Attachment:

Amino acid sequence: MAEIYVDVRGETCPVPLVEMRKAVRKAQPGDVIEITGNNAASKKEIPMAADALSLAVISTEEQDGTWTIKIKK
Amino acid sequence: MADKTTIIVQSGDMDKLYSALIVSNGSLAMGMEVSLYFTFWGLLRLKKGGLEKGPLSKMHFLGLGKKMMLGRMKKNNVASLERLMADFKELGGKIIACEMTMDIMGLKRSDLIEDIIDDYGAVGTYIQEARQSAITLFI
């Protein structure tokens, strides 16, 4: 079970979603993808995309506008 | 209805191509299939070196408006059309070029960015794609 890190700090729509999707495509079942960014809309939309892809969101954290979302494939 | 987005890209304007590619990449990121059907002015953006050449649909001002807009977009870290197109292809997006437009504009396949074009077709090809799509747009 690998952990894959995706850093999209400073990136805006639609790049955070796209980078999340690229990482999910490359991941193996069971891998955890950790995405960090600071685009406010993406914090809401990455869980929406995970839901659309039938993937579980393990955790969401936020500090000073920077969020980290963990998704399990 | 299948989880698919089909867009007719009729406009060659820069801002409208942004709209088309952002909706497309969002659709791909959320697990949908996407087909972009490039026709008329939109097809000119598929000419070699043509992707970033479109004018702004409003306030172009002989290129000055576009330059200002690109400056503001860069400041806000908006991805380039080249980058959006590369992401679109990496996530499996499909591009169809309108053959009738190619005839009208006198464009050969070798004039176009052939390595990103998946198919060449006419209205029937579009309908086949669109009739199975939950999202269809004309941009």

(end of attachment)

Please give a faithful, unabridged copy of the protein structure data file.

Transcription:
Amino acid sequence: MAEIYVDVRGETCPVPLVEMRKAVRKAQPGDVIEITGNNAASKKEIPMAADALSLAVISTEEQDGTWTIKIKK
Amino acid sequence: MADKTTIIVQSGDMDKLYSALIVSNGSLAMGMEVSLYFTFWGLLRLKKGGLEKGPLSKMHFLGLGKKMMLGRMKKNNVASLERLMADFKELGGKIIACEMTMDIMGLKRSDLIEDIIDDYGAVGTYIQEARQSAITLFI
């Protein structure tokens, strides 16, 4: 079970979603993808995309506008 | 209805191509299939070196408006059309070029960015794609 890190700090729509999707495509079942960014809309939309892809969101954290979302494939 | 987005890209304007590619990449990121059907002015953006050449649909001002807009977009870290197109292809997006437009504009396949074009077709090809799509747009 690998952990894959995706850093999209400073990136805006639609790049955070796209980078999340690229990482999910490359991941193996069971891998955890950790995405960090600071685009406010993406914090809401990455869980929406995970839901659309039938993937579980393990955790969401936020500090000073920077969020980290963990998704399990 | 299948989880698919089909867009007719009729406009060659820069801002409208942004709209088309952002909706497309969002659709791909959320697990949908996407087909972009490039026709008329939109097809000119598929000419070699043509992707970033479109004018702004409003306030172009002989290129000055576009330059200002690109400056503001860069400041806000908006991805380039080249980058959006590369992401679109990496996530499996499909591009169809309108053959009738190619005839009208006198464009050969070798004039176009052939390595990103998946198919060449006419209205029937579009309908086949669109009739199975939950999202269809004309941009």